If that’s your attitude, you’ll never succeed.
Have you ever used the term “my baby” for your business, startup or an idea you’re looking to get off the ground?
I know how you feel. And we all want to believe that our baby is perfect. Sorry, that’s just not the case.
Entrepreneurs and small business owners need a certain amount of ego, bravado and intestinal fortitude to succeed, but if you end up blind to the feedback of others you’re cutting off huge opportunities.
Your idea, business or startup might be great but it’s not perfect.
Here are some things to keep in mind when soliciting, digesting and accepting feedback:
- Be prepared for anything. When you start looking for feedback get ready for all manner of opinion and input. It’s almost impossible to get 100% agreement on anything, and even if you could, it’s not necessarily a good thing. Get enough feedback and it should run the gamut from “I hate this” to “I love this more than life itself.”
- Stay gracious. There’s no reason to bite the hand that feed(back)s you. Even if the person spits in your face (ok, feel free to respond less-than-graciously in that circumstance.)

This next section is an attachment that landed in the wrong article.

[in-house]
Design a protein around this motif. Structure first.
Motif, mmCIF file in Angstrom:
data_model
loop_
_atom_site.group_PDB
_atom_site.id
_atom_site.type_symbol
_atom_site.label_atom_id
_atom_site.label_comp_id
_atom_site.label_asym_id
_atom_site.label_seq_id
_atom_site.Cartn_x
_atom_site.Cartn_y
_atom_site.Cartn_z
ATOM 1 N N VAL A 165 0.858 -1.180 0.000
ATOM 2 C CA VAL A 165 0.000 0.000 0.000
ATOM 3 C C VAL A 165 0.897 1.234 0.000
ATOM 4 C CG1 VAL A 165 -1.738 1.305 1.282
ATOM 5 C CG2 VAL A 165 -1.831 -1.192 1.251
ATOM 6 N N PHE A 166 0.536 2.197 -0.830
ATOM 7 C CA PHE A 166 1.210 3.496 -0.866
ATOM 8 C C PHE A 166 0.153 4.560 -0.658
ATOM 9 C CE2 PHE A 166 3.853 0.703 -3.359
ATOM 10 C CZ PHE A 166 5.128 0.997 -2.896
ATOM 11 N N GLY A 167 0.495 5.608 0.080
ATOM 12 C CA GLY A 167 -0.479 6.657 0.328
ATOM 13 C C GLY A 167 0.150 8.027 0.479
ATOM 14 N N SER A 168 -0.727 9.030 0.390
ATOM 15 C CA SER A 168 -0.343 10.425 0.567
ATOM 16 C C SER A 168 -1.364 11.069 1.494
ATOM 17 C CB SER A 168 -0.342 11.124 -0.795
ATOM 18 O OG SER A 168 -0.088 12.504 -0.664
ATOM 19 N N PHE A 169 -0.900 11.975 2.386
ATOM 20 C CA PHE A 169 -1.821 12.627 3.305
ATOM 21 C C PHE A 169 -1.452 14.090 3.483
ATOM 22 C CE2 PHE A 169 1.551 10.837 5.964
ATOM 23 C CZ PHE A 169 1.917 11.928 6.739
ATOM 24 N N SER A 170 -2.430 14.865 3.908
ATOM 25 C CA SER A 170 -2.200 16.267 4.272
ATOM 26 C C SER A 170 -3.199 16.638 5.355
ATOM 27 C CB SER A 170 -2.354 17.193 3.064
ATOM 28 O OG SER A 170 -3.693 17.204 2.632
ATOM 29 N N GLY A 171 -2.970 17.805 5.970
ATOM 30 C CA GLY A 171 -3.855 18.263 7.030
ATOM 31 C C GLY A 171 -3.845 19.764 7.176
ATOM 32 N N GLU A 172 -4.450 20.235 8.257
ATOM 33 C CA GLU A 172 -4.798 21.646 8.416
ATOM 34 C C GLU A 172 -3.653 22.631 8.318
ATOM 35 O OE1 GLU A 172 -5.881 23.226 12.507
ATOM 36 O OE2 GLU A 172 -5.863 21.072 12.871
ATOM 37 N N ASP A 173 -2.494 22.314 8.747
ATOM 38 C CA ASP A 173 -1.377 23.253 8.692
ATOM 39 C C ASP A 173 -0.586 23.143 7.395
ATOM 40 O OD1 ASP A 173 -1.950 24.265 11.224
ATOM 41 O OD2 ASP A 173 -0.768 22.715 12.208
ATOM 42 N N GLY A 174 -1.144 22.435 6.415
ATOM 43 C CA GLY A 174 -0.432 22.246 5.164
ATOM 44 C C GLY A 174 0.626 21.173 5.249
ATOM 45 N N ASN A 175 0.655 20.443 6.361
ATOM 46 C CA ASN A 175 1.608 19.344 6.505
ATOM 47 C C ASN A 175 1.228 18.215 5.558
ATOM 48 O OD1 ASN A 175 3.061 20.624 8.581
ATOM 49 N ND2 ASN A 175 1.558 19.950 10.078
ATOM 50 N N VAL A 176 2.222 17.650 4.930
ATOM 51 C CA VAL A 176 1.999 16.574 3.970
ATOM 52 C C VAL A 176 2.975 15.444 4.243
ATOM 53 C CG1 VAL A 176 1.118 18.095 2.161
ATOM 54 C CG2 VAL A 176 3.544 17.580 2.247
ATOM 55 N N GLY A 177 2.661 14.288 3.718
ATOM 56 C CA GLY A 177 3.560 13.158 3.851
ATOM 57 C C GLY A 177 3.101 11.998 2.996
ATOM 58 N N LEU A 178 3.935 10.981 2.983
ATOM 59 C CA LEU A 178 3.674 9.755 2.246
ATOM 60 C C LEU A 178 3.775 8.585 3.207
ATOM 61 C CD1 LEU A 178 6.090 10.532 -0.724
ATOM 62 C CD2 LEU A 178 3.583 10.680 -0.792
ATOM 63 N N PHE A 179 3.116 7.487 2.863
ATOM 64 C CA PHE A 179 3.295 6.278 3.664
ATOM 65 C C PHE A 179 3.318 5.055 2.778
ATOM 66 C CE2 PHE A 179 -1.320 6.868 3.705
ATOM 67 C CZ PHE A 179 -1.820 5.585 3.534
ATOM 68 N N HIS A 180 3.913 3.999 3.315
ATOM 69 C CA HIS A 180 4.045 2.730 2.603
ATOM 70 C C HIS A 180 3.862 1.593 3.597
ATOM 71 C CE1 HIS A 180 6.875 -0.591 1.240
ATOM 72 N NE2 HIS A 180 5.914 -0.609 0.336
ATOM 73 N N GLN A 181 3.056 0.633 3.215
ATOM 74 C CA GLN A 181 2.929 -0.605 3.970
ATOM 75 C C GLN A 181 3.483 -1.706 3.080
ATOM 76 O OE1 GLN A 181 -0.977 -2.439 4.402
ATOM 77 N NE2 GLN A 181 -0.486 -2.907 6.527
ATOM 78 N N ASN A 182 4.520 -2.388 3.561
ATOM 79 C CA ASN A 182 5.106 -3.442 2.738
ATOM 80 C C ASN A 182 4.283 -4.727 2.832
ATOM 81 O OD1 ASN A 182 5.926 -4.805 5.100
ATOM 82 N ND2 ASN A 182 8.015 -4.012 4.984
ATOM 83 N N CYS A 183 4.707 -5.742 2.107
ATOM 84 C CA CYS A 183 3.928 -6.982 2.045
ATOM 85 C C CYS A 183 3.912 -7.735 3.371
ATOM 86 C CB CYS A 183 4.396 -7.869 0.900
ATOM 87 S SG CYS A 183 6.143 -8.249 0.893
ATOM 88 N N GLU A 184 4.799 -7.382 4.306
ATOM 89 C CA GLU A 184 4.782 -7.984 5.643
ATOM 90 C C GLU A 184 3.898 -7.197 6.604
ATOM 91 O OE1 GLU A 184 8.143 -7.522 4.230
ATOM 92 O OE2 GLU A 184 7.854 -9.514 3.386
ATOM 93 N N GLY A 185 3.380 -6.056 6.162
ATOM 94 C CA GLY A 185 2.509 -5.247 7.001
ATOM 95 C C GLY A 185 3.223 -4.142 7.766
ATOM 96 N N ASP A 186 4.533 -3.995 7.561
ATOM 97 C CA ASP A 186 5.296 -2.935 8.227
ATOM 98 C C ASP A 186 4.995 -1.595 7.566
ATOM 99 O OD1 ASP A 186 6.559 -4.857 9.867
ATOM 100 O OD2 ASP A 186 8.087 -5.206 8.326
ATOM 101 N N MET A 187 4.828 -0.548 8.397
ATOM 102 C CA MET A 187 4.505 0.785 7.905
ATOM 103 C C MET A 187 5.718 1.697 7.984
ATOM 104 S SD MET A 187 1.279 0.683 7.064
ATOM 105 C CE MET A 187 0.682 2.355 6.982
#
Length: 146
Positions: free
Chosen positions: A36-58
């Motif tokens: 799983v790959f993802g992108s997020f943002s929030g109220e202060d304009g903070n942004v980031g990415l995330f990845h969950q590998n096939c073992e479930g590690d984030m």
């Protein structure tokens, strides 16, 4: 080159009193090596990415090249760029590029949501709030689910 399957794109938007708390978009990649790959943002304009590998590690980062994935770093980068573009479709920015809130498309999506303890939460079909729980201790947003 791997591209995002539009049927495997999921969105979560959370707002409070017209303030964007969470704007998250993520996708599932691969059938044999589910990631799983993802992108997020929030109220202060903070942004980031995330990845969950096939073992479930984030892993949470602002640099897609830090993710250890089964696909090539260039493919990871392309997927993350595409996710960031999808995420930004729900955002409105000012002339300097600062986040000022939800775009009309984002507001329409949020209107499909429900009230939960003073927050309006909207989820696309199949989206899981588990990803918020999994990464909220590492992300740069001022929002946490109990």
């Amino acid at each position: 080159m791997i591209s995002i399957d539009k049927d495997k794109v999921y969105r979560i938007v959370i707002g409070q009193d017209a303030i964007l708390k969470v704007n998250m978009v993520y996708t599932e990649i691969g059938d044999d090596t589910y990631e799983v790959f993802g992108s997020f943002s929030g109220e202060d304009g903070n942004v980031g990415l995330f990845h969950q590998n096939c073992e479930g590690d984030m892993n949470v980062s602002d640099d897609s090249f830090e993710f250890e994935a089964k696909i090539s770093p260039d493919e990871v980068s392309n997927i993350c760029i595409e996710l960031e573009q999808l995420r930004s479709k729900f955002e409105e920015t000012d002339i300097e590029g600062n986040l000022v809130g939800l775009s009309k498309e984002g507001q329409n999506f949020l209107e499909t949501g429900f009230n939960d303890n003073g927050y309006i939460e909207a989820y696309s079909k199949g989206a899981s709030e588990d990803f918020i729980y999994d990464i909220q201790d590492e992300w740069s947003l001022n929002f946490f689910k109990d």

- Ask questions. Don’t take feedback without following it up. Ask questions to get more information out of people. Start a dialogue with people, including those that provided scathing feedback and those that provided uber-positive feedback. Remember: feedback is only useful if it’s used. Building a discussion with people who provide feedback is one way of using it.
- Moderate the feedback. Don’t automatically dismiss the highest praise and lowest results from the feedback you receive (this isn’t figure skating) but finding the “center” of the curve (where most of the feedback would be plotted on a graph) is a good way of gauging the value of that feedback.
- Ambivalent feedback is the worst. I’d rather someone hate what I’m doing (cause there’s a good chance others exist on the opposite side of that spectrum) than not care at all. Ambivalency to an idea, business or startup is death.
- Shotgun reactions to feedback won’t help. There’s no point reacting insanely fast, or blasting a giant hole in the wall of your idea or business because of feedback. You’re not running a race, it’s a marathon. Better to take some time, digest the feedback, analyze it from a 50,000 foot view and the ground floor, before moving forward. (Am I mixing metaphors enough for you?)
Feedback is Your Friend.
Don’t shy away from it. Go out and get it. Share your ideas and be open-minded enough to accept feedback in whatever form it comes. Remember: love and hate are better than “whatever” ambivalence. Ambivalence sucks.